The National Party says it will scrap the first year fees-free tertiary education scheme for a new model, bring back partnership schools and reduce class sizes.
The party's education discussion document was released today, outlining ideas and proposals if it were to govern.
Fees free scheme
National’s tertiary education spokesperson Shane Reti called the fees-free policy an "expensive failure" - proposing a range of options to replace it - one tweak being to switch the free-fees year to the last year of students' courses, or shifting the funding to student loan write-offs or additional living costs.
Another option it proposed was to replace fees-free with a new "Education Saver system", mixing together savings from parent, child, Crown and business contributions.
The party is also looking to lift student loan repayment thresholds and change repayment rates.
Education Minister Chris Hipkins unveiled proposals in February, with a possible plan to bring all of New Zealand's polytechnics and technology institutes under a unified banner.
Mr Hipkins said the new entity would incorporate all of the country's 16 Institutes of Technology and Polytechnics (ITPs).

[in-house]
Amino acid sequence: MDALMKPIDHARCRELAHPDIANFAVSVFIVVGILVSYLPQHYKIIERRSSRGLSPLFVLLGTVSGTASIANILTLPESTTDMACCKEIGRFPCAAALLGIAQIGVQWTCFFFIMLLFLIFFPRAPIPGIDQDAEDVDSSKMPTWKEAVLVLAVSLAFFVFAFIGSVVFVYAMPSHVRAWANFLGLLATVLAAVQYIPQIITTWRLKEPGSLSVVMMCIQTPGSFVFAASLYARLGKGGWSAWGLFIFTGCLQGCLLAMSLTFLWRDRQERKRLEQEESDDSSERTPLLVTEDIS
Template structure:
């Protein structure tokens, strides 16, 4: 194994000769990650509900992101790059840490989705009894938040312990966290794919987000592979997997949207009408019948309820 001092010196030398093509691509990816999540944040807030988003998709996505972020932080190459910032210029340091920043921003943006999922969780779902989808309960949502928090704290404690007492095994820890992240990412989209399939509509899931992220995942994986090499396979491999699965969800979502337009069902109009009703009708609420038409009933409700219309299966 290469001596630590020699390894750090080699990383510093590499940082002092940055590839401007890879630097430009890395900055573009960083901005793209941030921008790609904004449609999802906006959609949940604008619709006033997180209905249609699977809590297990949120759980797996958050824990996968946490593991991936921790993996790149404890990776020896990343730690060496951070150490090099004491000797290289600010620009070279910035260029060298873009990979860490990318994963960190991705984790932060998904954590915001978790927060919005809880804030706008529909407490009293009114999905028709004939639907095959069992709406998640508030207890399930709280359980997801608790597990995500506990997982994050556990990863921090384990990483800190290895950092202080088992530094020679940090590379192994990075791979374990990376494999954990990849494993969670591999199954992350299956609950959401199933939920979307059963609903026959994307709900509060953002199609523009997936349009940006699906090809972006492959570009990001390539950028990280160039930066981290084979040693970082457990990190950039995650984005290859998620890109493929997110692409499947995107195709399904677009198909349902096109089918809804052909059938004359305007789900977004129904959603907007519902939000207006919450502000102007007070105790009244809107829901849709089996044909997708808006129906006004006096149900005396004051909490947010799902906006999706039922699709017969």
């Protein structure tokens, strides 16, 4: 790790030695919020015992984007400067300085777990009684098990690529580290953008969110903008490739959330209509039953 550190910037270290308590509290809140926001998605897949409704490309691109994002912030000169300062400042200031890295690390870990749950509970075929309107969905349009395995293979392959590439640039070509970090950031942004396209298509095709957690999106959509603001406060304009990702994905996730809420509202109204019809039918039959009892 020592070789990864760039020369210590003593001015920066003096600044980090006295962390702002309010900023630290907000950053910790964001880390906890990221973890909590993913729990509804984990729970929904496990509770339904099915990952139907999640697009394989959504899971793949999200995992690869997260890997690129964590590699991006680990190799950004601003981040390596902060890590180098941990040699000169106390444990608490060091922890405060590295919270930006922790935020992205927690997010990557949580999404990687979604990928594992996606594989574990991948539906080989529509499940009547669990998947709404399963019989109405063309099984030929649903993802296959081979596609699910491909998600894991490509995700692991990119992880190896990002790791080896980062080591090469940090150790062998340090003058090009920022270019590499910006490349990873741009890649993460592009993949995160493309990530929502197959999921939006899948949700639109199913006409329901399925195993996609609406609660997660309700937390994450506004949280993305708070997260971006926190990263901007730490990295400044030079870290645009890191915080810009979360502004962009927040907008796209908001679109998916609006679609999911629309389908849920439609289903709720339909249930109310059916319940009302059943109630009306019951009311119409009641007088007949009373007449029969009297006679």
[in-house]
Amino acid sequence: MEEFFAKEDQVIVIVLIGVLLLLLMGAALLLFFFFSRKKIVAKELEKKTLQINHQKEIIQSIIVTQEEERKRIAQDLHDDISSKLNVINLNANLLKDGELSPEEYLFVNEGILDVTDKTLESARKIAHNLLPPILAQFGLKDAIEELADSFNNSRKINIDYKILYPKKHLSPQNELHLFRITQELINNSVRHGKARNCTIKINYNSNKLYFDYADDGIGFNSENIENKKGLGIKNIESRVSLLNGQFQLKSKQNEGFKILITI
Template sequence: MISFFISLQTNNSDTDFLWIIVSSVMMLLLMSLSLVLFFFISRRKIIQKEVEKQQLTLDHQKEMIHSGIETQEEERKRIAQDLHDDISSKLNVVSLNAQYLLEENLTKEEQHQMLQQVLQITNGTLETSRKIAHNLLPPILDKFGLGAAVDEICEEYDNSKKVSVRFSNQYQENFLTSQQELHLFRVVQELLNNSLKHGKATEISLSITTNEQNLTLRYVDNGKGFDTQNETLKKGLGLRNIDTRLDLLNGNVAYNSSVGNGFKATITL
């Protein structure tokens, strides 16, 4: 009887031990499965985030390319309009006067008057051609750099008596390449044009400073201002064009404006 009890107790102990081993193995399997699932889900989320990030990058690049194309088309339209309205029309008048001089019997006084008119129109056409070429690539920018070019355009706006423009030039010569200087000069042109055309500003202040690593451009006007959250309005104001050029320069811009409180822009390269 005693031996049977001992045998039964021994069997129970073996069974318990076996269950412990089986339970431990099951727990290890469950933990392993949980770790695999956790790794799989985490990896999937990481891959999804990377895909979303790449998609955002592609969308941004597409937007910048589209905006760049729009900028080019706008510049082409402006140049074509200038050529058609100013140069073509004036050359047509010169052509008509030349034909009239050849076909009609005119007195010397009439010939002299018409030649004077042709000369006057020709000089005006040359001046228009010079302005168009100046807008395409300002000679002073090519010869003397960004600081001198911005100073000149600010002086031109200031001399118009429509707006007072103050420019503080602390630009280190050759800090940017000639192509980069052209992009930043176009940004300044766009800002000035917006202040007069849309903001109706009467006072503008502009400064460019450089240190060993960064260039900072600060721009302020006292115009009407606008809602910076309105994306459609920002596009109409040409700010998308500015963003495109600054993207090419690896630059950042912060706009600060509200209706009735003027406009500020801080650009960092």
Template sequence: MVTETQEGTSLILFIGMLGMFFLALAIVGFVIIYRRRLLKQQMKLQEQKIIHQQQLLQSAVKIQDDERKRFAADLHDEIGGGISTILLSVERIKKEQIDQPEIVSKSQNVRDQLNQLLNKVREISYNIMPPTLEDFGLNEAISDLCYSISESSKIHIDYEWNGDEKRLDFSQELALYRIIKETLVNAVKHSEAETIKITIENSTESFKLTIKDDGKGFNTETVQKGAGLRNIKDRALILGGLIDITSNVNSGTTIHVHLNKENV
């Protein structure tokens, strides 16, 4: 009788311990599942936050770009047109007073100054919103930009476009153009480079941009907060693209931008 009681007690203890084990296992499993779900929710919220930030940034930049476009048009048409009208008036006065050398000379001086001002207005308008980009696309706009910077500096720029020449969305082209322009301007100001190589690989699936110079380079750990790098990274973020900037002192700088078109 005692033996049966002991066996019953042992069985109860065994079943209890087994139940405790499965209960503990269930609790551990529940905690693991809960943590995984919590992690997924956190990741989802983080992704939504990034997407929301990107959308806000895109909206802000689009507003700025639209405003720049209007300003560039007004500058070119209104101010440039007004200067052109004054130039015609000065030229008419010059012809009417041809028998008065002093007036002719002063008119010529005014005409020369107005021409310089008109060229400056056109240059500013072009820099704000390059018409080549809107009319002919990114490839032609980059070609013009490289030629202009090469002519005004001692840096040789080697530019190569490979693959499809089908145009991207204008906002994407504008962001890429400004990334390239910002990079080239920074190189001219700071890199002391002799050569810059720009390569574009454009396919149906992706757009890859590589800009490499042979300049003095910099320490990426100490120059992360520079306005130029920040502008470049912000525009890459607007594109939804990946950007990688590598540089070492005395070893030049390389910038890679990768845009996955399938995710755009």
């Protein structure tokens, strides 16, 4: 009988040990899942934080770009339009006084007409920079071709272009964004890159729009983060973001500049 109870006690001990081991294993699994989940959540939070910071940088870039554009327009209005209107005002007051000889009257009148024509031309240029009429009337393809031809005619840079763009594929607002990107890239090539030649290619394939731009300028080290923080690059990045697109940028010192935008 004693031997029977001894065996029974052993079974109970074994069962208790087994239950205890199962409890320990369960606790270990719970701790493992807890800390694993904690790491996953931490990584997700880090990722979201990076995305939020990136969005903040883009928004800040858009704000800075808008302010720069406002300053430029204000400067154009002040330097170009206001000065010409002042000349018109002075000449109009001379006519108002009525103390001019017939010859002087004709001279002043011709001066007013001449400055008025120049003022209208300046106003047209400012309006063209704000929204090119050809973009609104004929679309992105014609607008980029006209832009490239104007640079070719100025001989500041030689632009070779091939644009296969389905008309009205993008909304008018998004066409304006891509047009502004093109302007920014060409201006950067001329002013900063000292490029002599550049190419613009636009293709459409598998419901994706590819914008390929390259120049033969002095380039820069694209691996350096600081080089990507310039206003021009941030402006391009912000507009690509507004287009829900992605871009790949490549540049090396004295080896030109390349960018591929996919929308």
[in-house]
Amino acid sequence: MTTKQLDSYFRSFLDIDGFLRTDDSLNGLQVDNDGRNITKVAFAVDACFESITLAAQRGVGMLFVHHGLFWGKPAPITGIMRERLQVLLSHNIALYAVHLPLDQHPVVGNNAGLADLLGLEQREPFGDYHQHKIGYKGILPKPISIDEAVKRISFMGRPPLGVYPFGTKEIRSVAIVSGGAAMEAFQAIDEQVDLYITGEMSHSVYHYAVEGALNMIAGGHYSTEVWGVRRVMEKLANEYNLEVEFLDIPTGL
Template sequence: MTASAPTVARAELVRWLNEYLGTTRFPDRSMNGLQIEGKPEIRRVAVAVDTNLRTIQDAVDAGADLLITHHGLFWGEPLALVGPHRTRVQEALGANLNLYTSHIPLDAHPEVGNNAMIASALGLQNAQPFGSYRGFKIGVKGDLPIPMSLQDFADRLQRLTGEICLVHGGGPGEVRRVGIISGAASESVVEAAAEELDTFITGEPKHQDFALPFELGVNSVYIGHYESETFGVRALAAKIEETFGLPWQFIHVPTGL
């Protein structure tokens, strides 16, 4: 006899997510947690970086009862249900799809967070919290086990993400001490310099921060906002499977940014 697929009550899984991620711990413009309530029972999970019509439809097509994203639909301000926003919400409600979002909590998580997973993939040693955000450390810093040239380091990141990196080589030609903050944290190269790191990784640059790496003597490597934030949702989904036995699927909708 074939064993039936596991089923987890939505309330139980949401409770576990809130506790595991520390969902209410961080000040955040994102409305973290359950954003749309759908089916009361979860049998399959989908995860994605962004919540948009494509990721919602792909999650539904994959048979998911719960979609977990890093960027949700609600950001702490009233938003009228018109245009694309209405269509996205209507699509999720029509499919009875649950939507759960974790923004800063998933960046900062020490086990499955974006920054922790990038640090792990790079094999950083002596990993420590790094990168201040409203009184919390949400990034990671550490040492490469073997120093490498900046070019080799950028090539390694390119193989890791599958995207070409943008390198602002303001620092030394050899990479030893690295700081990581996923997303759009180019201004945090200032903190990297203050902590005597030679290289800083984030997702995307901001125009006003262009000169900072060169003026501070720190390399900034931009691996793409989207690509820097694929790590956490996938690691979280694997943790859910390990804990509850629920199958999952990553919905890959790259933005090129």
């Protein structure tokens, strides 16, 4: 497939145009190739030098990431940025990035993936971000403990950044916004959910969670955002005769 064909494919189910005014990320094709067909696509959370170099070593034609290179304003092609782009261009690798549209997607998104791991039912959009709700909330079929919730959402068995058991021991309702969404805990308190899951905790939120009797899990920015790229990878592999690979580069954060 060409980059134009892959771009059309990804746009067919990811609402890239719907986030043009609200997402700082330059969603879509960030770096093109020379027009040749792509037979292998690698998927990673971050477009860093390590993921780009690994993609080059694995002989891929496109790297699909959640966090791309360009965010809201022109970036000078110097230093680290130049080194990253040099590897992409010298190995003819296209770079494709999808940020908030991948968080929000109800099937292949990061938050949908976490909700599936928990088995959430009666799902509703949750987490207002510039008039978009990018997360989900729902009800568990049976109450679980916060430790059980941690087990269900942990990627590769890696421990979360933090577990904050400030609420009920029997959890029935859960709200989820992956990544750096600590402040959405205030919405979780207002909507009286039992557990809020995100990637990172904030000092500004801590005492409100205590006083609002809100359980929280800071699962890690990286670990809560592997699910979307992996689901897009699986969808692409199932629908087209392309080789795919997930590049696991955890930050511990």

National promised to return decision making to the ITPs, saying "rather than undermining the expertise of the regions, we should be building confidence and trust in them to deliver".
National want to drop the teacher to student ratio in schools, reducing to 1:25 from 1:29 for Year 4,5 and 6.
Year 2 and 3 would reduce from 1:23 to 1:20.
"We’re committed to smaller class sizes in primary schools and more teachers," leader Simon Bridges said.
"More time with a teacher means more opportunities for children to ask questions and get answers, and for teachers to focus on areas where a child may be struggling."
Education spokesperson Nikki Kaye said National would increase the teacher workforce to account for the lower ratios through means such as financial incentives.
"We are also considering changes to initial teacher training which include strengthening practicum requirements, accredited schools involved in teacher training and more support for teachers who mentor beginning teachers."
National also promised teams in secondary schools and early learning centres with professionals such as GPs, nurses and guidance counsellors to help children with complex needs.
"We know it takes a huge toll on families when they have inadequate support for a child that has additional learning, behavioural and mental health needs," Ms Kaye said.
Early childhood centres
National is looking at bringing in "unannounced spot-checks" to ensure ECEs meet standards.
"Where ECE services are found to be breaking the rules, National proposes that they be put on notice and parents informed," ECE spokesperson Nicola Willis said.
National promises children aged Year 1 to 8 could learn another language, with 10 priority languages set out by the Government, including Te Reo Māori and New Zealand Sign Language.
National promised to bring back the partnership school model, creating 25-30 partnership schools by 2023.
The discussion document comes after the Government announced yesterday a major education overhaul to governance, management and administration of schools.